# Leaflet::Similar map as above, but more code/complexity # leaflet(data=niCA.1) %>% # start with the data # addProviderTiles("CartoDB.Positron") %>% # select a map # addCircleMarkers(~dec_long_va,~dec_lat_va, # add the coordinates # color = "red", radius=4, stroke=FALSE, # fillOpacity = 0.8, opacity = 0.8, # popup=~station_nm)
We can try the same command but with
seriesCatalogOutput=FALSE. This means it doesn’t pull the actual records, but rather the sites where a given parameter is available. That means we won’t be able to filter by the number of records available for a given site, but we can see where sites are located. This example filters to a specific Hydrologic Unit Code (HUC), and makes another leaflet map.
# filter for phosporous <- c("00662","00665") # phosphorous ph_code <- readNWISdata(stateCd="CA", parameterCd=ph_code, phCA service="site", seriesCatalogOutput=FALSE)
%>% dplyr::distinct(huc_cd) %>% tallyphCA
## n ## 1 104
# do some tidying! .1 <- phCA %>% phCA::filter(huc_cd == "16050101") # filter by HUC dplyr # make the data spatial with the sf <- st_as_sf(phCA.1, coords = c("dec_long_va","dec_lat_va"), remove = FALSE, crs=4326) phCA.sf # Mapview: make an interactive map quickly: mapview(phCA.sf, layer.name="USGS Stations collecting <br> phosphorous data")
Let’s now download data for a specific site number and a specific date range. In this case, let’s look for flow at a site near Meeks Bay in Lake Tahoe.
<- "10336645"# GENERAL C NR MEEKS BAY CA siteNo <- "00060" # 00060 flow, pCode <- "2016-10-01" start.date <- "2019-03-01" end.date # get NWIS data <- readNWISuv(siteNumbers = siteNo, tahoe parameterCd = pCode, startDate = start.date, endDate = end.date)
Now we have a nice dataset, but let’s tidy it up a bit. There are some built in functions that are part of the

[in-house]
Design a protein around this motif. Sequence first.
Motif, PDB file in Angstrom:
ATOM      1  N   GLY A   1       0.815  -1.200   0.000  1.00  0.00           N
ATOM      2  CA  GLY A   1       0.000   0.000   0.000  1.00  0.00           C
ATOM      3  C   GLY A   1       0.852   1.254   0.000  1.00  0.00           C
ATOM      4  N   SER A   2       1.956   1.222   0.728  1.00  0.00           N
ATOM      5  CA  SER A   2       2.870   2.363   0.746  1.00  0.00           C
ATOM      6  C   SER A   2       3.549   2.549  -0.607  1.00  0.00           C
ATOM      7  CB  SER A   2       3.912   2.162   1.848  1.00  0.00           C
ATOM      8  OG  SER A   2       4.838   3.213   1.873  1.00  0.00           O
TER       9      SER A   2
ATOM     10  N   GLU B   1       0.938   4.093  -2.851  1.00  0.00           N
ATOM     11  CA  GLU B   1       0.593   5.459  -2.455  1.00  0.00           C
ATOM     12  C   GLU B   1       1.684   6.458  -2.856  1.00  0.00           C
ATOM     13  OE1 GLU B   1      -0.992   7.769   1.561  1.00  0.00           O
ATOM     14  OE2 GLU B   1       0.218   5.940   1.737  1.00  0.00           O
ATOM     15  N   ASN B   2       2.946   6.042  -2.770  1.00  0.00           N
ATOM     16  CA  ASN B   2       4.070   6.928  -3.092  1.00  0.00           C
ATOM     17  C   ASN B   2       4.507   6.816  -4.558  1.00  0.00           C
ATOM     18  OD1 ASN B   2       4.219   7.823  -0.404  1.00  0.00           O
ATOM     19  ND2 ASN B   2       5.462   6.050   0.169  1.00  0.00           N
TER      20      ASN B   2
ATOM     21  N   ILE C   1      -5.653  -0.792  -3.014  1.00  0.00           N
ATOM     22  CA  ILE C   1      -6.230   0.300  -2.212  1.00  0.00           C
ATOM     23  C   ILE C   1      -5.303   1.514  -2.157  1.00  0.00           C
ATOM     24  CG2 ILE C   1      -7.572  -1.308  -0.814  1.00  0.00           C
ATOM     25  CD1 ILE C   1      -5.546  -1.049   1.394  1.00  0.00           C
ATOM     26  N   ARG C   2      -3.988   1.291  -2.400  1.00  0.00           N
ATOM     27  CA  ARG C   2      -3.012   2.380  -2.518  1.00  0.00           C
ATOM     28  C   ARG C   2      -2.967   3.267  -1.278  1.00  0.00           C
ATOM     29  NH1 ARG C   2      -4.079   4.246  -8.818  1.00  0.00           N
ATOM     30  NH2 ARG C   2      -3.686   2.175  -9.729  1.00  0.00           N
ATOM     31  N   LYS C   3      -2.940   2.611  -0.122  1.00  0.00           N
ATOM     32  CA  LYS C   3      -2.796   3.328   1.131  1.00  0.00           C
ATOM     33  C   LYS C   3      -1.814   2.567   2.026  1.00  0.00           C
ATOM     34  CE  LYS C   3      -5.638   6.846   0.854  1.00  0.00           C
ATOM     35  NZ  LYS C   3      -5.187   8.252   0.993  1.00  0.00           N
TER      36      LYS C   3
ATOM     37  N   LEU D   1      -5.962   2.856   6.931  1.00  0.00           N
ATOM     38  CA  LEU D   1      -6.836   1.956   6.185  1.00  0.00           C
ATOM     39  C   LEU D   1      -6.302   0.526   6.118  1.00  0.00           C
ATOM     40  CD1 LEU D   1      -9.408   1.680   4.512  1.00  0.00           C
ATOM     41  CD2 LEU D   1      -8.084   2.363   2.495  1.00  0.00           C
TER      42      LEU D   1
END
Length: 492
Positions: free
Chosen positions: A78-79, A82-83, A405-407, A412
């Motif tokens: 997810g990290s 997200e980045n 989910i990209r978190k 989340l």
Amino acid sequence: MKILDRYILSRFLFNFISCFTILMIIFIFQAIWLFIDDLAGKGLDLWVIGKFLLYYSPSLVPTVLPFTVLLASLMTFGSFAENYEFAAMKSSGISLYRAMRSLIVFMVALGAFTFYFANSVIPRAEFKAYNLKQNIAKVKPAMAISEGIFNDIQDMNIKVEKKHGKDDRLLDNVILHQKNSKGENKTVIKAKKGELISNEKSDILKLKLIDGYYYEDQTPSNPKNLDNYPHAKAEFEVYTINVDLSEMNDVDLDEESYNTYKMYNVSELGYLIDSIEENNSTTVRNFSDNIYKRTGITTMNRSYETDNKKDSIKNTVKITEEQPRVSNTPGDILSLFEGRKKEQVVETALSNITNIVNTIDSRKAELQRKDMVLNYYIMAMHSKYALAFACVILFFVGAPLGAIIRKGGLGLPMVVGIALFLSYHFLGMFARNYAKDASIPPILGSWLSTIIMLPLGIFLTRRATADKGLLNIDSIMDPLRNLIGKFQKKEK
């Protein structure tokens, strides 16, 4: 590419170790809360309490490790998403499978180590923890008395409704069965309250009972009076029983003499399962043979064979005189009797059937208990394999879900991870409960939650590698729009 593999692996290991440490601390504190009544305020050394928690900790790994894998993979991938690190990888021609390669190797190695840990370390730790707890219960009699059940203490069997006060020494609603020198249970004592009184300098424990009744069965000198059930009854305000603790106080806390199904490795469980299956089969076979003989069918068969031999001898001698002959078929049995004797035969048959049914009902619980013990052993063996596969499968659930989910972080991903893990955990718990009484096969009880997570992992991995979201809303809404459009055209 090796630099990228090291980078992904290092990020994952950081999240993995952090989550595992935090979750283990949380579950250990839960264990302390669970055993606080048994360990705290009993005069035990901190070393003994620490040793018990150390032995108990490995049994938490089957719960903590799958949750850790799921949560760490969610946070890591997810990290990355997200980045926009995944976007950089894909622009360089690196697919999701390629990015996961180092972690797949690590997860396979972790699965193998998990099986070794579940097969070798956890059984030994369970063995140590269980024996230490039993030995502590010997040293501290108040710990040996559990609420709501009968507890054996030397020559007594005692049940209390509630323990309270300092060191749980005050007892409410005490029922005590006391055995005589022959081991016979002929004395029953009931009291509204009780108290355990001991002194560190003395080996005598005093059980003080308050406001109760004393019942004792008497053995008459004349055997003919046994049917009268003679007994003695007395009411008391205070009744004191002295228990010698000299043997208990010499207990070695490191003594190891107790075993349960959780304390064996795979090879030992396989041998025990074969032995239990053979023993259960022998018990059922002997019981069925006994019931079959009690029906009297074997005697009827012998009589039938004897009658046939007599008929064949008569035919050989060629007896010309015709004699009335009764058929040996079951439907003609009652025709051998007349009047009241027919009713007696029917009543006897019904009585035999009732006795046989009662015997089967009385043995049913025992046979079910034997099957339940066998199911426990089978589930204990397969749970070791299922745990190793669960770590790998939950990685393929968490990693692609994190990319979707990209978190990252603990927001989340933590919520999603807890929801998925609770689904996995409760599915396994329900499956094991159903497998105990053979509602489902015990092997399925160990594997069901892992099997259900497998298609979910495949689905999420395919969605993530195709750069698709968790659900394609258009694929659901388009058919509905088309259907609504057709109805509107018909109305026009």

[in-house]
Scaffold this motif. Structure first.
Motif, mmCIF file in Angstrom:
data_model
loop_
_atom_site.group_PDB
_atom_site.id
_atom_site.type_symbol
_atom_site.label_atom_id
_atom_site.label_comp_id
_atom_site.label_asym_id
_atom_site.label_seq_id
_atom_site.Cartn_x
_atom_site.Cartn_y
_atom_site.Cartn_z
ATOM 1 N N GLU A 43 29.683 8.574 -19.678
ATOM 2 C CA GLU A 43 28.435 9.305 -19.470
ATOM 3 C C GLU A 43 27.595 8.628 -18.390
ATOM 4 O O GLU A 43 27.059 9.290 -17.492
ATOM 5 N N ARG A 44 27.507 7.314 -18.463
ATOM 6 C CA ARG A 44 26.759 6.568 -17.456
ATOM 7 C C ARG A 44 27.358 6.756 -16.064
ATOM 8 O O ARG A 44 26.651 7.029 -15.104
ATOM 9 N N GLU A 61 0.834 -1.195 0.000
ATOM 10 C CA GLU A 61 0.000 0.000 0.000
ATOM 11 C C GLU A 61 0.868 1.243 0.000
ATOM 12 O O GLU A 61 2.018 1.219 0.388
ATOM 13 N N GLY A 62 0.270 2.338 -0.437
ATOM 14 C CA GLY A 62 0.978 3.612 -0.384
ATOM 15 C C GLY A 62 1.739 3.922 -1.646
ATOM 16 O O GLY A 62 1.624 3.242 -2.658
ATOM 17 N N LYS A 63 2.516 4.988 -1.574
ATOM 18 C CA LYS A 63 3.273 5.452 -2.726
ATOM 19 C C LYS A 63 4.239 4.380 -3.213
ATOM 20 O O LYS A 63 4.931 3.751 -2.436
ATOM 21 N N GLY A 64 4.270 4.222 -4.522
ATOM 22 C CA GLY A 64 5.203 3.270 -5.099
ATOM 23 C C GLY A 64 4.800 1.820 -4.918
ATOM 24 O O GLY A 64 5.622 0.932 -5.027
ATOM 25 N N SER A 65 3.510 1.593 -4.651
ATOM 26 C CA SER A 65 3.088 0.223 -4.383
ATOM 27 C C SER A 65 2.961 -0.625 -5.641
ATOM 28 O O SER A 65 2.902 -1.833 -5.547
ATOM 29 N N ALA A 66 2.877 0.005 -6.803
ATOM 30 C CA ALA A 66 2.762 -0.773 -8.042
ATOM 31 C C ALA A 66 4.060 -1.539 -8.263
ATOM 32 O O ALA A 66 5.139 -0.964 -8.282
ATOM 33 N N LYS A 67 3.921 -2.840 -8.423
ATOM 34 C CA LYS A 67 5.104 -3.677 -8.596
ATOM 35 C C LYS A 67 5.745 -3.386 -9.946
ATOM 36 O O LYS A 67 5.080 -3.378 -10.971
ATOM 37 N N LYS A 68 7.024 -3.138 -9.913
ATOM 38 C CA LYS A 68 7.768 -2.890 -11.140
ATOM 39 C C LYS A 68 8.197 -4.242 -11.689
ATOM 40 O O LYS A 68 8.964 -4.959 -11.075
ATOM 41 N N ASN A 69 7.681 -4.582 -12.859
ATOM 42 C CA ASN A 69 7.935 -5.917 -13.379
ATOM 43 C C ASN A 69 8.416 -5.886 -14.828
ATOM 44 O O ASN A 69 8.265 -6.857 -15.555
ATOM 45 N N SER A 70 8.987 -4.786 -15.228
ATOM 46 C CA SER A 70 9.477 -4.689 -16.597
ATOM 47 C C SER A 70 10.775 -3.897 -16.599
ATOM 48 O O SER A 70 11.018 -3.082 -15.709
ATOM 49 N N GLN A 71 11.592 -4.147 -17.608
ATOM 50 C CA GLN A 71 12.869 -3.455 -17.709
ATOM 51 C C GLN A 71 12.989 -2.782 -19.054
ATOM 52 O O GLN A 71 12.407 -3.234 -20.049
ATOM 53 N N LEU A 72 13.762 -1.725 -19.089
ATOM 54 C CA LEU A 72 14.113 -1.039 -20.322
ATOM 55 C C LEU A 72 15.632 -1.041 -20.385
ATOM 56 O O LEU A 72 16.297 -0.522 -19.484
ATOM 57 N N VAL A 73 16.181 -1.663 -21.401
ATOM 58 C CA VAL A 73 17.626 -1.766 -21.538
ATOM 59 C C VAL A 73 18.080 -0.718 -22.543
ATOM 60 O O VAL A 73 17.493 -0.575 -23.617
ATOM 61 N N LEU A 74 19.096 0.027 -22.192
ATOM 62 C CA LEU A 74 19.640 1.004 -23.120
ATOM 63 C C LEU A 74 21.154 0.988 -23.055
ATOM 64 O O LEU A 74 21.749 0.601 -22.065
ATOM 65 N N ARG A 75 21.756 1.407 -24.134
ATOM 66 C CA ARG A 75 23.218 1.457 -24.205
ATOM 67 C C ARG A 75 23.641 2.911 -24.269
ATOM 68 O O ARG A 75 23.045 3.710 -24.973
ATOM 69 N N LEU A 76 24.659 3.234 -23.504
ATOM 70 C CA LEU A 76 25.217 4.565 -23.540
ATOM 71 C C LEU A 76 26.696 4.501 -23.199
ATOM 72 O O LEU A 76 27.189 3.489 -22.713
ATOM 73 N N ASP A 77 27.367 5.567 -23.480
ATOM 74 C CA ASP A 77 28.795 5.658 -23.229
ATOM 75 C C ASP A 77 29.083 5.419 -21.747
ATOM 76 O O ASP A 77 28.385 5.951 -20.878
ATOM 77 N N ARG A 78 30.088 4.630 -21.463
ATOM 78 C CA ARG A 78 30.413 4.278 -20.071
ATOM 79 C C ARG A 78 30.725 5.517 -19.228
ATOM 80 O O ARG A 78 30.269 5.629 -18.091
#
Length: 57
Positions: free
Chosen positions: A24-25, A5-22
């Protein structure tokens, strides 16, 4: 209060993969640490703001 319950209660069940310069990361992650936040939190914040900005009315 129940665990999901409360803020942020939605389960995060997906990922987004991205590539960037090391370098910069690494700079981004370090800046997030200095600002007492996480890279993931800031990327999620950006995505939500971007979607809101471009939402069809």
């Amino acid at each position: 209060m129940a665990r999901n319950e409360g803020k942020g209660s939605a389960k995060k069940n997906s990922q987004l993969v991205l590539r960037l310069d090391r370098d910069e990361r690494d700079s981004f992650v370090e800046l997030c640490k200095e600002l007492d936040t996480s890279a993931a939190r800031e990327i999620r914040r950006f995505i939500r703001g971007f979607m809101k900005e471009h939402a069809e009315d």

dataRetrieval library, let’s use them to add a Water Year column, and fix up the column names. Then we’ll filter to our Meeks Bay site, and plot.
# add the water year <- addWaterYear(tahoe) tahoe # rename the columns to something easier to understand (i.e., not X00060_00000) <- renameNWISColumns(tahoe) tahoe # here we'll calculate and add approximate day of the WATER YEAR (doesn't take leap year into account) $DOWY <- yday(tahoe$dateTime) + ifelse(month(tahoe$dateTime) > 9, -273, 92) tahoe # filter to Meeks site only (we currently have all tahoe) <- filter(phCA, site_no=="10336645")phCA.meeks
# plot flow with facets to see different years <- ggplot() + geom_line(data=tahoe, aes(x=DOWY, y=Flow_Inst), color="dodgerblue") + (plot1 facet_grid(waterYear~., scales = "free_y") + labs(y="Hourly Flow (cfs)", x= "Day of Water Year", title="Hourly Discharge for General Creek Near Meeks Bay, Tahoe"))
Let’s work with some spatial data now. We’ll use the HUC boundaries for Squaw Creek, and crop our data by that watershed. These are the HUCs for the Squaw/Tahoe Basin of interest:
For more info and training see the USGS page.
By default when we read in a shapefile, the
sf package will print out a bunch of metadata about the projection, dimension, type of data, etc. We can turn that on and off with
quiet=FALSE. Let’s read in a HUC8 for Tahoe, and centroids for every single HUC12 in California.
<- st_read("data/h8_tahoe.shp", quiet=FALSE) h8_tahoe #mapview(h8_tahoe) # load huc centroids from a zipped directory! Here we have to wrap things in unzip() unzip("data/huc12_centroids.zip", exdir = "data/huc12s") <- read_sf("data/huc12s/huc12_centroids.shp", quiet = TRUE) %>% h12_centroids st_transform(crs=4326) #%>% # then remove raw files since file is added in memory ::dir_delete(path="data/huc12s/")fs
# a map mapview(h12_centroids) + mapview(h8_tahoe)